In banking this week

Citibank (31.5 billion assets) Roars Back
After a lacklustre 2004, Citibank Kenya has already surpassed its 2004 profit in the first three months of 2005. Deposits increased by 23%, from 19.5 billion shillings to 24b, and the bank’s net interest income and total operating income of 263m and 501m respectively, between January and March 2005. As a result, Citibank earned 308m before tax, and 185m after-tax, compared to 124m for the entire 2004 year.

Diop: Kibaki tenant
As has been already pointed out, it is a conflict of interest for the World Bank Country Director (or the World Bank itself) to be a tenant of the President of Kenya. In Equatorial Guinea, where President Obiang has been accused of fleecing the country, one favoured channel of corruption was that oil companies would always rent buildings and properties from Obiang and his family (even a 12-year-old kid) at exorbitant rates.

Know your credit history
In a Kenya Gazette notice this week, the Banking Act has been amended so that a bank customer is now entitled to know any information a credit bureau holds on him, by requesting this in writing. This will enable the customer to correct information, file a complaint with the Bank and encourage the bank to investigate the dispute for correction. (Applies to all banks and financial institutions)

Executive changes
Mukhisa Kituyi has appointed James Ochami as the new managing director of Industrial Development Bank Ltd. He also appointed Evans Kisina as a director.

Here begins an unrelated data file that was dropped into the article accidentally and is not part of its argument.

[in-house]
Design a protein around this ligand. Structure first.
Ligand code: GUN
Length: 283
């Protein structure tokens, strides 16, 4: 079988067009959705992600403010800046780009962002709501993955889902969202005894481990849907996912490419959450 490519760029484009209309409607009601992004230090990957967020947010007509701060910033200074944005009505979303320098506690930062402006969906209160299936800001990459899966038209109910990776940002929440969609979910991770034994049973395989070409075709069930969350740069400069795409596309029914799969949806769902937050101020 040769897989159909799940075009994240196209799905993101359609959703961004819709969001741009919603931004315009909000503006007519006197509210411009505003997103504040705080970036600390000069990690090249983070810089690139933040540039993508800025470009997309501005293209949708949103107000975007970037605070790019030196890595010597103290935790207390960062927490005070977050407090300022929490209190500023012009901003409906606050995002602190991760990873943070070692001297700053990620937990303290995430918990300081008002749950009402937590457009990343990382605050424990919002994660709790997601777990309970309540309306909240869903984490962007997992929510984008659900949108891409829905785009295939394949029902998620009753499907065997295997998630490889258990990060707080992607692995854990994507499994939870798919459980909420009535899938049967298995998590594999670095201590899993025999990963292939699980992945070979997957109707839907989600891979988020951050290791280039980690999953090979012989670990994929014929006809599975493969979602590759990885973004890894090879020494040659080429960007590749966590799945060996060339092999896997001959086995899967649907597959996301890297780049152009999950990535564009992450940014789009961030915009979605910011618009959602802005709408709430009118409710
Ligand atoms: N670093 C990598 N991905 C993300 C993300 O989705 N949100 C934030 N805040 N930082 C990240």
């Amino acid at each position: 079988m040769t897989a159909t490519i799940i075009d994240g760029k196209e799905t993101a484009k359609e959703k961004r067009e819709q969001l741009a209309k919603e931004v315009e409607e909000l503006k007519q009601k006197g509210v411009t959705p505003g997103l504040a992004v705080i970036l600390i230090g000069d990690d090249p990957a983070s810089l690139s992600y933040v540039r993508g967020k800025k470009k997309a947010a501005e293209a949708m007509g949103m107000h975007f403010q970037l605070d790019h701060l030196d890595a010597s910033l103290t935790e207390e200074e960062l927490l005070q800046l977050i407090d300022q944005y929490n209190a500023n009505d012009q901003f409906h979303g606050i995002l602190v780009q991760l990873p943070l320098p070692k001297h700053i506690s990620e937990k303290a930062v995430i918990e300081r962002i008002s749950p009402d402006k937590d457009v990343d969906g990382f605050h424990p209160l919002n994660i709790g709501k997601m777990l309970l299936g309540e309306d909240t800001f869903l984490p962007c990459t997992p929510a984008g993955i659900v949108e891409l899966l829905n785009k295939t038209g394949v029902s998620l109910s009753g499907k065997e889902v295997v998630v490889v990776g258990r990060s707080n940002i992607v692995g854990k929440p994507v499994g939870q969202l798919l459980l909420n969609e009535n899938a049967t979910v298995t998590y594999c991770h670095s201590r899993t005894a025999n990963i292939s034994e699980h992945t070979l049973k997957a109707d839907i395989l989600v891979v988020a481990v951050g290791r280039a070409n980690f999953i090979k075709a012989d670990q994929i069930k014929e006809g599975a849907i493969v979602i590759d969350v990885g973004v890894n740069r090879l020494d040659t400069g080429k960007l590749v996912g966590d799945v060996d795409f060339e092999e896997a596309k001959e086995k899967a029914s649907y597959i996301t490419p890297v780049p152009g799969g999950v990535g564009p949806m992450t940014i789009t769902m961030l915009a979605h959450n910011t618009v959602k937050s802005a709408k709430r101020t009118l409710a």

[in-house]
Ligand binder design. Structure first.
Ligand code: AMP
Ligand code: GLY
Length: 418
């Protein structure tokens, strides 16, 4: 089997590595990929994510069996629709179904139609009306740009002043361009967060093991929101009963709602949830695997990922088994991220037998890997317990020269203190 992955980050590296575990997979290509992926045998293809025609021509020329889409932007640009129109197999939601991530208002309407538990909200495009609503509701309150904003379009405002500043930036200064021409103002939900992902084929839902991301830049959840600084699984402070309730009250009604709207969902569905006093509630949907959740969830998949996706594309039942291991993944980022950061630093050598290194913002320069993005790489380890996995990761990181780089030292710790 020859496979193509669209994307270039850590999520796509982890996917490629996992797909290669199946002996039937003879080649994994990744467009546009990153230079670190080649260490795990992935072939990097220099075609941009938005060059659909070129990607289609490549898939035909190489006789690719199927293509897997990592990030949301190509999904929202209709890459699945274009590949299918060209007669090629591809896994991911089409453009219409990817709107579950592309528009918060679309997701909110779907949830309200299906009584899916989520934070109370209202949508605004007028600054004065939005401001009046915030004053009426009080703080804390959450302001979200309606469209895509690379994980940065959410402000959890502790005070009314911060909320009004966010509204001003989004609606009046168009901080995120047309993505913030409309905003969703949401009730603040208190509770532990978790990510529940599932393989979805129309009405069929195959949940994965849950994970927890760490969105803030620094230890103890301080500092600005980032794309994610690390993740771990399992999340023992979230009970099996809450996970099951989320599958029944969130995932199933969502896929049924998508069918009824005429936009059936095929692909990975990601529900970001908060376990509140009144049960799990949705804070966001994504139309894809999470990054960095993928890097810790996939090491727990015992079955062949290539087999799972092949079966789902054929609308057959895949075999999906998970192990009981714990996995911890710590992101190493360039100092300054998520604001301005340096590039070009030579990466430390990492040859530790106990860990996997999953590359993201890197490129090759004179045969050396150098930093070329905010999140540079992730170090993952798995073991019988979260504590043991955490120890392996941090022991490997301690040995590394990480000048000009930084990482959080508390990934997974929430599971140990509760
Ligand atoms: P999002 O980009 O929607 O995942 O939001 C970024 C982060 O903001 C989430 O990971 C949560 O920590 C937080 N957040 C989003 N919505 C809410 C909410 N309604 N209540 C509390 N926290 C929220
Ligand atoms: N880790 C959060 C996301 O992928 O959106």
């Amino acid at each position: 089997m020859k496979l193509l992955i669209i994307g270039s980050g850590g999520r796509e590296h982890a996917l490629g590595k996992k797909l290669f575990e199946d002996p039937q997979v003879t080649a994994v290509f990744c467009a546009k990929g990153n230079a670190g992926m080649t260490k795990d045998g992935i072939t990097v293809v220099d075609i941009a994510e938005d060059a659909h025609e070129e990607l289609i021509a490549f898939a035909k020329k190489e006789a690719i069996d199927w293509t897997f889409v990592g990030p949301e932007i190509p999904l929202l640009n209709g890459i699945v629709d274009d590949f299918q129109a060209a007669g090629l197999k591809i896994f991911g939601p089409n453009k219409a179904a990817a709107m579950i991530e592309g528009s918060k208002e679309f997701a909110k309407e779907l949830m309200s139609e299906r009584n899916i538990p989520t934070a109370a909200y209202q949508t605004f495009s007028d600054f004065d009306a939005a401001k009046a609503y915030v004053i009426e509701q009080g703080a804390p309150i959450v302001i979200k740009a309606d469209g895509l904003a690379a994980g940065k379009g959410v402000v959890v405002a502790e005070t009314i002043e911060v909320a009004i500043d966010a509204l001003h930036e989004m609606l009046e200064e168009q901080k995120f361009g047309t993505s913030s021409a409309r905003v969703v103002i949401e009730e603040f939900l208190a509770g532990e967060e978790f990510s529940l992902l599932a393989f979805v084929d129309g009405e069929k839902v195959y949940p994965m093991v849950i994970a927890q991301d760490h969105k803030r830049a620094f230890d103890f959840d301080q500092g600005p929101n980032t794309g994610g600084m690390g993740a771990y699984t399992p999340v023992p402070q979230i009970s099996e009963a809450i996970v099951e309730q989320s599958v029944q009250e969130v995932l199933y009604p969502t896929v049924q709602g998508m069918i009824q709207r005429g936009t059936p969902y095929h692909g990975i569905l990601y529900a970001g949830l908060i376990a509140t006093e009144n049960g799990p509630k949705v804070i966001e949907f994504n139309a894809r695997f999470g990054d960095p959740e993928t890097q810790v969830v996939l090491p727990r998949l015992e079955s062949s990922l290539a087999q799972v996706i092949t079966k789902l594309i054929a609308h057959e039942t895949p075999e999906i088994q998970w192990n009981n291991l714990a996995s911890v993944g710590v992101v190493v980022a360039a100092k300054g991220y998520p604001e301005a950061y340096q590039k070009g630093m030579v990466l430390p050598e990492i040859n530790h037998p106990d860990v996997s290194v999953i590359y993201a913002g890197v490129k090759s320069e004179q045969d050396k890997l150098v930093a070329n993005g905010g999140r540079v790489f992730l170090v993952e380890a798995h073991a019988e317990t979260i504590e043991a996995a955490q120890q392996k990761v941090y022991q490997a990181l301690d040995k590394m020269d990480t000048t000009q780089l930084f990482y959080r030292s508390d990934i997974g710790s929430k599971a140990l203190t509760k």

Stanchart to target mid-sized businesses
Standard Chartered Bank has launched a Small and Medium Enterprises (SME) division. The SME product will offer a combination of overdrafts, letters of credit, bonds and guarantees, credit bill negotiation, invoice discounting among other benefits. The bank has also introduced trade and working capital, finance products, auto loans, commercial and residential mortgage facilities to cater for different customer needs.

New robbery technique
Bank robbers are now posing as customers in banking halls as they scope out people making huge withdrawals. They then rob them far away from the Bank, often posing as police officers.

Union wrong-footed on Labour Day
The Bank union which earlier forbade its members from participating in a performance appraisal system at Kenya Commercial Bank are now crying foul – and now opposing payment of bonuses to management and other members of staff who were evaluated and found to be high-performers in the process.

3 thoughts on “In banking this week

  1. Wassapangaz

    Its amazing how innovative robbers can be,sad situation though. About EAC instead of supporting our own organization,we still want to get aid from other countries to solve our own problems,will we ever change?.Good post.

  2. bankelele

    It’s far easier to rob customers, than the Bank itself. Especially at the end of a month – when many people have to withdraw thousands of shillings in cash to pay workers and other bills.

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